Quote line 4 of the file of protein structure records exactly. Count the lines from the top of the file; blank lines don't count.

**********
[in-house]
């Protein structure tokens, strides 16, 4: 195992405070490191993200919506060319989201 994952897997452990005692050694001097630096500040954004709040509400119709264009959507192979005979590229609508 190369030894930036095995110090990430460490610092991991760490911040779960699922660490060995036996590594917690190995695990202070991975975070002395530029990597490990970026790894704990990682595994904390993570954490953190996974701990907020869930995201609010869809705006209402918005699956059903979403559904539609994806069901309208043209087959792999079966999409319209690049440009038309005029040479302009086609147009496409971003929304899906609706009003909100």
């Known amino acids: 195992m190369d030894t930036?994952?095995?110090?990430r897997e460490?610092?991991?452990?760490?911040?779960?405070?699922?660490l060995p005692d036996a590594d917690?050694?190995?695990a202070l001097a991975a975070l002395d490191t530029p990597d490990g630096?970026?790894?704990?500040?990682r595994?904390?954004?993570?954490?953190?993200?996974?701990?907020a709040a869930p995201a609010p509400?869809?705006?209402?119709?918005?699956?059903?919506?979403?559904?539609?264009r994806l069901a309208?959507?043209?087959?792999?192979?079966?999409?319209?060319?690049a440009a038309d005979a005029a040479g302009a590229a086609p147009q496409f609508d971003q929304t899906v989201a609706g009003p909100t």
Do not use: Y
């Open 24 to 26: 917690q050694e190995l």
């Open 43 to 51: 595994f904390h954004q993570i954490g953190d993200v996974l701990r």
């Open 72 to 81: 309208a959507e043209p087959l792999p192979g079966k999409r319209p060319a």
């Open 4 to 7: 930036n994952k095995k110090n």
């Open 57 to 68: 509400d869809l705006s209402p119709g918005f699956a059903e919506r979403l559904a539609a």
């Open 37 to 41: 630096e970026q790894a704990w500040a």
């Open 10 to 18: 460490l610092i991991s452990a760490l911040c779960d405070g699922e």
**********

Do not use: Y